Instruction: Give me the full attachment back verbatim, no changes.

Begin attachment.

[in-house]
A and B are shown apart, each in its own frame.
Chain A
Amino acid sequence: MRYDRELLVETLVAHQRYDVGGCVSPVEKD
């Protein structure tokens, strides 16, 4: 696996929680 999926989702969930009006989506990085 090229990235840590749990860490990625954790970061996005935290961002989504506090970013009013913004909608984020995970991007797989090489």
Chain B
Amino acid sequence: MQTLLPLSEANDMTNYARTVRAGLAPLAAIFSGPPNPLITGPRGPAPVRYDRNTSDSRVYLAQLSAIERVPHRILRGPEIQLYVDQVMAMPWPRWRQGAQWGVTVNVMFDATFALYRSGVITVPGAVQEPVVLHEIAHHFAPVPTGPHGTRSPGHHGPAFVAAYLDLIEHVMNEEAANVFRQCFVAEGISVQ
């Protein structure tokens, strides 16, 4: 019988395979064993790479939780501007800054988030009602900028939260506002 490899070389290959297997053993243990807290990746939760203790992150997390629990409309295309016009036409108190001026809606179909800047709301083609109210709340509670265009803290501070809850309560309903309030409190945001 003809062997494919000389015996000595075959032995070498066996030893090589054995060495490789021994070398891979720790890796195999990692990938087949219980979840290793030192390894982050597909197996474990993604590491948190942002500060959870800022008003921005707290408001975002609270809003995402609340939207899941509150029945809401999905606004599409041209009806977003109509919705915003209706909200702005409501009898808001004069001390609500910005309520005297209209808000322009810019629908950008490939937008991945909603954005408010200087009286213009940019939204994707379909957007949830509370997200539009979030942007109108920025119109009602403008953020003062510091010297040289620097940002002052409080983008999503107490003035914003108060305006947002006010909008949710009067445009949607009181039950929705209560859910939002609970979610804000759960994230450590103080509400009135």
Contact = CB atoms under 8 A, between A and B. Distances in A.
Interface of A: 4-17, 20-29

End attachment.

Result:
[in-house]
A and B are shown apart, each in its own frame.
Chain A
Amino acid sequence: MRYDRELLVETLVAHQRYDVGGCVSPVEKD
């Protein structure tokens, strides 16, 4: 696996929680 999926989702969930009006989506990085 090229990235840590749990860490990625954790970061996005935290961002989504506090970013009013913004909608984020995970991007797989090489």
Chain B
Amino acid sequence: MQTLLPLSEANDMTNYARTVRAGLAPLAAIFSGPPNPLITGPRGPAPVRYDRNTSDSRVYLAQLSAIERVPHRILRGPEIQLYVDQVMAMPWPRWRQGAQWGVTVNVMFDATFALYRSGVITVPGAVQEPVVLHEIAHHFAPVPTGPHGTRSPGHHGPAFVAAYLDLIEHVMNEEAANVFRQCFVAEGISVQ
């Protein structure tokens, strides 16, 4: 019988395979064993790479939780501007800054988030009602900028939260506002 490899070389290959297997053993243990807290990746939760203790992150997390629990409309295309016009036409108190001026809606179909800047709301083609109210709340509670265009803290501070809850309560309903309030409190945001 003809062997494919000389015996000595075959032995070498066996030893090589054995060495490789021994070398891979720790890796195999990692990938087949219980979840290793030192390894982050597909197996474990993604590491948190942002500060959870800022008003921005707290408001975002609270809003995402609340939207899941509150029945809401999905606004599409041209009806977003109509919705915003209706909200702005409501009898808001004069001390609500910005309520005297209209808000322009810019629908950008490939937008991945909603954005408010200087009286213009940019939204994707379909957007949830509370997200539009979030942007109108920025119109009602403008953020003062510091010297040289620097940002002052409080983008999503107490003035914003108060305006947002006010909008949710009067445009949607009181039950929705209560859910939002609970979610804000759960994230450590103080509400009135």
Contact = CB atoms under 8 A, between A and B. Distances in A.
Interface of A: 4-17, 20-29